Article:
John Maine threw 111 pitches last night. Unfortunately, he did it in 5.2 innings. The Dodgers collected nine hits, six runs, and a walk off Maine, who was outpitched by David Wells, whom the Padres released earlier this month because of poor performance. If Maine can't outpitch Wells, the Mets have a problem. But then, Maine's been having problems in his last four starts. During that stretch he's lasted only 5.1, 5.0, 5.2, and 5.2 innings, averaging 112 pitches per start. That's about 21 pitches an inning.
Maine's faltering at the worst time, and Peterson seems unable to get him back on track. If arm fatigue's causing Maine's problems, he needs rest, not more innings. But then, this is the pennant run, and Maine's one of the Mets' horses running in the race.
Maine wasn't the only pitcher in the Mets organization who threw too many pitches in too few innings yesterday.
In New Orleans in an afternoon game, the Zephyrs' Adam Bostick gave up three runs while striking out three. Nothing out of the ordinary there.
But Bostick also has problems finding the strike zone. In his next-to-last game he threw 85 pitches in four innings. Yesterday, he threw 92 pitches in five. Only 43 were strikes, not a good percentage if you want to win baseball games.
In the third inning, his pitches danced outside the strike zone often enough to grant free passes to three batters. Specifically, he walked the leadoff batter. The second batter tried to bunt, but Andy Tracy, the Mets first baseman, turned it into a 5-6-4 double play. Then, Bostick walked the next batter. And the next batter. But not the next batter. That hitter, Geovany Soto, cleared the bases with his 24th home run.
Luckily for him, he didn't lose the game even though he walked twice as many batters as he struck out. That's because the Zephyrs scored eight runs in the fourth, fifth, and sixth innings; but Zephyr reliever, Steve Schmoll, couldn't hold the lead. In one and two-thirds innings he gave up five runs, none earned, on three hits and two walks. And then his replacement, Ryan Cullen, gave up a solo homer to give the Iowa Cubs a 9-8 lead, which is how the game ended.
This is the first game in Bostick's last 11 in which he walked more batters than he struck out. In the previous 10 he had never walked more than three. Maybe he just doesn't like pitching during the day. His ERA in day games is 12.27; whereas, in night games it's 5.49. And his ERA when the bases are empty is an amazing 1.99.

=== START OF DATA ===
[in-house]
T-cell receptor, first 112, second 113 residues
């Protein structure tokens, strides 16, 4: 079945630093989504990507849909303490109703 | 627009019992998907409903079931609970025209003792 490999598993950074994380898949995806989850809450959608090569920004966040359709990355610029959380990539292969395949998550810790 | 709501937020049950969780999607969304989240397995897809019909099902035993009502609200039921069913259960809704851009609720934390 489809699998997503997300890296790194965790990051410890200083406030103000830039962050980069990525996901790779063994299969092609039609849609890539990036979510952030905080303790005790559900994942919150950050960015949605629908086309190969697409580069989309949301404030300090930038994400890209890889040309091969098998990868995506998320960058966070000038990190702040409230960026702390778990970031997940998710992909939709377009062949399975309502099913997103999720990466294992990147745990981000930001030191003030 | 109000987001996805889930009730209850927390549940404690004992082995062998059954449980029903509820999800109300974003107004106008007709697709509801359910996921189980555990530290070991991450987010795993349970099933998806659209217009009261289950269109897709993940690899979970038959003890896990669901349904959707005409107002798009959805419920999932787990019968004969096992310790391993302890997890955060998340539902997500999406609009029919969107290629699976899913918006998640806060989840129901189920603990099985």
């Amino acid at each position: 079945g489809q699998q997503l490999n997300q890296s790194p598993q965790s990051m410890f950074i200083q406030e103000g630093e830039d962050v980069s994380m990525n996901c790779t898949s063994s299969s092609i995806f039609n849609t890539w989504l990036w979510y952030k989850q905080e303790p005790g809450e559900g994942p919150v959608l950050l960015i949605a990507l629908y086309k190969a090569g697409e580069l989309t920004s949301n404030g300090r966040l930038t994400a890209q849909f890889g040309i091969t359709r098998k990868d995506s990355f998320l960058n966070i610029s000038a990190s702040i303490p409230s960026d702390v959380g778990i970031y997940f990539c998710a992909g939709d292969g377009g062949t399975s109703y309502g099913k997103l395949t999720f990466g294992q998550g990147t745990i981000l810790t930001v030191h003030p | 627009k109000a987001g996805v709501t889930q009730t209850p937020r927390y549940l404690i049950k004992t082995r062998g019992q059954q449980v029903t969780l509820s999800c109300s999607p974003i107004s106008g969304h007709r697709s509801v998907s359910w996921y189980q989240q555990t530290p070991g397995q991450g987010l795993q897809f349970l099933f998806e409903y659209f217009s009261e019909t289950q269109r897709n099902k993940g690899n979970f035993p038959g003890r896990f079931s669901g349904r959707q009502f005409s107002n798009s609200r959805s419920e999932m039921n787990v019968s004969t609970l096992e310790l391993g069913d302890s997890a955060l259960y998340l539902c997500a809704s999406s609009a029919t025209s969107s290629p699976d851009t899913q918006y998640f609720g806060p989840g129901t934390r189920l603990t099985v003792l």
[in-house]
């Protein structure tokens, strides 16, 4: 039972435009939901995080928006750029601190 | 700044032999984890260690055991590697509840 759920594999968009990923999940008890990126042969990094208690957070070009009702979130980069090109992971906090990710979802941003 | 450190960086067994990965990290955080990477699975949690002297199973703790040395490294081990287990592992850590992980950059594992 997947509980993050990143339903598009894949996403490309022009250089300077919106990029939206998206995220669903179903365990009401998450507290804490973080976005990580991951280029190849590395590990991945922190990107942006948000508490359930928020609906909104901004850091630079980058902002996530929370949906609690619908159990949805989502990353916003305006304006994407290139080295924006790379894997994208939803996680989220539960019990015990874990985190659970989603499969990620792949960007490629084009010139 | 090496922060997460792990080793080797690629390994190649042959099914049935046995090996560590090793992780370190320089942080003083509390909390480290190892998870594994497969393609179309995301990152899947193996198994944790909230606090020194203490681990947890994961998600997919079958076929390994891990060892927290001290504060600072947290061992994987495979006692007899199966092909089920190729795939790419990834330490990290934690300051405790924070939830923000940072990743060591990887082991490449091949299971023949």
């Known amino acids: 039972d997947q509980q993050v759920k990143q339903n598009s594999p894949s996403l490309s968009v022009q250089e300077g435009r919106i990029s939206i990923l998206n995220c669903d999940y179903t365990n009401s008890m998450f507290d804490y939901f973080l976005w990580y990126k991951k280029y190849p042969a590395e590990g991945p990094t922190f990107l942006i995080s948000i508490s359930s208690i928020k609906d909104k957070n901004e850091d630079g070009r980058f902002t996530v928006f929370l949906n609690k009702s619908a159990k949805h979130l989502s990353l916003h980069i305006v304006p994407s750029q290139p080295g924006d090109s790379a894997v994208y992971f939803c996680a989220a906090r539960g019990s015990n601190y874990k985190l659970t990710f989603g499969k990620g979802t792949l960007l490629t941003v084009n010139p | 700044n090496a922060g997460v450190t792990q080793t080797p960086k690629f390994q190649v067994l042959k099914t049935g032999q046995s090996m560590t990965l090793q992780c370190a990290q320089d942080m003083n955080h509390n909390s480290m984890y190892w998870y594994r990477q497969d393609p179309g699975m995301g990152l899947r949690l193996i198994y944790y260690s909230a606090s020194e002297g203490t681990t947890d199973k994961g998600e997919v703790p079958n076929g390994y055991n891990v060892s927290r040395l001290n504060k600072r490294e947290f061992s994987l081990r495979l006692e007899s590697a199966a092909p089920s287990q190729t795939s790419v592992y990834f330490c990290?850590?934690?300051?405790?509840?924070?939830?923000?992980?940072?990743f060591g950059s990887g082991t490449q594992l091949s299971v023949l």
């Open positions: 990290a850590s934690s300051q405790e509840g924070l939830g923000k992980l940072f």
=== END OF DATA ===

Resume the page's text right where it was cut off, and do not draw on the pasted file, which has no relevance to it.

If any pitcher has to puzzle the Mets management, it's Bostick. He can strike batters out. In 582 innings he's struck out 619 batters. But he continues to linger in the minors. This is his sixth season in in which he hasn't made it to the majors.
If only the Mets pitching coaches could mix a potion that would make Bostick's pitches less adverse to avoiding home plate, especially during day games, then he might be able to break the bonds that are confining him to the minor leagues.
And now, news about four good pitching performances.
Down a level in Double-A, a starter is having more success. Kevin Mulvey pitched six innings of four-hit ball, holding the Trenton Yankees to the only two runs they scored in the game. He walked just one batter while striking out 10. Though he didn't gain the victory, the five Mets relievers that followed him held the Yankees scoreless until the 14th inning when a single, double, and error produced the Mets winning run.
In Single-A, St. Lucie sent the Mets fans who attended their game home with a smile. Deolis Guerra, a man the Mets are counting on to pitch at Shea some day, limited the Palm Beach Cardinals to two hits and no runs over five innings as the Mets shut out the Cards, 5-0.
In short-season Single-A, Brooklyn won 8-2. It was won by a pitcher whose record is even better than the game's final score. Dylan Owen. In recording his eighth win against only one loss, Owen held Vermont to five hits and a run in five innings. He leads the NY-Penn League in ERA, wins, and WHIP. His ERA's under 2.00, and his WHIP is under 1.00.
And for those who missed it, in Kingsport on Saturday Michael Olmsted, a pitcher whom I consider to have a lot of potential, started and pitched six innings of one hit, one run ball in which he struck out seven.